The one must-do thing while you’re in the Visitor Center is the costume room. There, you can check out the clothes and props needed to recreate “American Gothic” in front of the iconic home. I’ve heard from friends after I shared my own picture, and they had stories about photos from the home. One friend’s parents used their photo for the annual Christmas Card.

Checking out the costumes is included with admission, but it’s not without some rules and guidelines. The last chance to check-out a costume is 3:30 p.m. each day. They also advise visitors to check the events calendar in advance, as the costumes may not be available during certain events.

Kim posing in a costume in front of the American Gothic House

Exploring the American Gothic House

To be honest, the interior of the American Gothic House is probably the least interesting thing on the visit. Sparsely decorated and only two rooms, it just doesn’t live up to the “Whoa” factor you get when you first see the house from afar. 

Still, there’s no harm in taking a guided tour to see for yourself what the home looks like on the inside. It’s surprising to look around the place after learning that a family with eight kids lived there. 

Planning Your Visit

Finding the American Gothic House is easy since there are several signs for it when you’re in the area. The best recommendation for getting to the home is to enter “Eldon, Iowa” into your GPS, and then start following the signs. 

Kim posing with the sculpture in front of the American Gothic House Visitor Center

The Visitor Center at American Gothic House is open year-round, but check the website prior to your visit to be sure there are no renovations or other possible closures. The current hours (which I imagine are off-season hours) are:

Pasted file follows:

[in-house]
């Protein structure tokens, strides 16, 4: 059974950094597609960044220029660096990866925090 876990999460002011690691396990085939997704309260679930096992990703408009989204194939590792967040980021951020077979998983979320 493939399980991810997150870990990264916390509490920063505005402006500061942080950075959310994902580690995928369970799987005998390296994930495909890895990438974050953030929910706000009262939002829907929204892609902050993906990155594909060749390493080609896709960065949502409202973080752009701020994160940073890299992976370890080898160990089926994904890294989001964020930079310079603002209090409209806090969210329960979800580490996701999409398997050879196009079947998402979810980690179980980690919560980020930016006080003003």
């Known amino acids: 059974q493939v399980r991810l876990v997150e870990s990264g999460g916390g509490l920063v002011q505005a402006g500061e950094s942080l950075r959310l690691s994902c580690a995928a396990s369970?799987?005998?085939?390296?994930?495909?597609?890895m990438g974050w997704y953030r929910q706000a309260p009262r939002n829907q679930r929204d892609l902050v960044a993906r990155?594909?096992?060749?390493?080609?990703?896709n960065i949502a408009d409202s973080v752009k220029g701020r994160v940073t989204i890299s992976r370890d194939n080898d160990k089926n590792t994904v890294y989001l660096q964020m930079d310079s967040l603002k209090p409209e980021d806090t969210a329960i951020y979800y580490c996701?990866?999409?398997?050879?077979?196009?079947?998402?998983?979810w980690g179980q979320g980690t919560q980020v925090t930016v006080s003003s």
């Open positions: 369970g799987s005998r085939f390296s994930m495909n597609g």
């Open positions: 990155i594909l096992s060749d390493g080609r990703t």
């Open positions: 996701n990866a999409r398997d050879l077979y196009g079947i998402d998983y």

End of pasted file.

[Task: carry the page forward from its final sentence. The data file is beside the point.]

• Mondays and Tuesdays: CLOSED
  • Wednesdays-Saturdays: 10 a.m. to 4 p.m.
  • Sundays: 1 to 4 p.m.

The exterior of the American Gothic House is open from dusk to dawn.

If you want to see the interior of the house, it is only open on the second Saturday of the month from April through October from 11 a.m. to 2 p.m. (and that is assuming there is a volunteer available).

The admission cost to go into the Visitors Center is $5 for ages 13-59, $4 for ages 60+, and FREE for kids 12 and under, and Wapello County residents. I highly recommend going into the Visitors Center while you’re there. It provides an in-depth background of “American Gothic” and explains its significance quite well.

And another reason to go inside the Visitors Center: That’s where you can check out the costumes so you can pose for your own parody of “American Gothic.” Read the procedure guidelines for checking out costumes before your visit.

Activities and Attractions Nearby

I visited American Gothic House while on a weekend trip to Fairfield, an intriguing town about 25 miles away from Eldon. I highly recommend including Fairfield in your visit to the area, especially if you love good food. There are quite a few restaurants worth stopping for!

Fairfield is a pretty arts-centric town, as well as accommodating to outdoorsy travelers. Read my two-day Fairfield itinerary here.

Plan a visit to American Gothic House! Located in southeastern Iowa, you can learn all about the Grant Wood painting and pose in costume in front of the iconic home.